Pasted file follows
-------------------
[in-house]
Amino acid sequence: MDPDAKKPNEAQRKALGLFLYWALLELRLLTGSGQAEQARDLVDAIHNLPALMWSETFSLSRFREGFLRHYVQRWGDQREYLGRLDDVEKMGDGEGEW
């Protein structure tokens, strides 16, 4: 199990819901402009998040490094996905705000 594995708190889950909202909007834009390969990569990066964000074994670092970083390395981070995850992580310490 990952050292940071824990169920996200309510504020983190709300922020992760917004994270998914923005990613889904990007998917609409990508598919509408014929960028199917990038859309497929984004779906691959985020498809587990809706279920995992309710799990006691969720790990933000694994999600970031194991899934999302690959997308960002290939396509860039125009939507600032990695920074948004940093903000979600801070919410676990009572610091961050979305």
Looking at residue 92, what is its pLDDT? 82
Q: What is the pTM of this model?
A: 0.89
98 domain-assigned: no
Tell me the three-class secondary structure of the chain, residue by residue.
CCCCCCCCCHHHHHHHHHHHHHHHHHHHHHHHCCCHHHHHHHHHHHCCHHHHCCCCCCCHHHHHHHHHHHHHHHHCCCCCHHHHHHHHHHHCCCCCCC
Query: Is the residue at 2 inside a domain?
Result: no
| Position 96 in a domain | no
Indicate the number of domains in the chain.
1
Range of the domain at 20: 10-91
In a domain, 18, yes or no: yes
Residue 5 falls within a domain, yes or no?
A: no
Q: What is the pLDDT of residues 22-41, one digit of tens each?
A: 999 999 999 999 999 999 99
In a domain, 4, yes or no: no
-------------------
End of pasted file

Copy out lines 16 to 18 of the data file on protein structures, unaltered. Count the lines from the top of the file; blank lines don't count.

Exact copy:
In a domain, 18, yes or no: yes
Residue 5 falls within a domain, yes or no?
A: no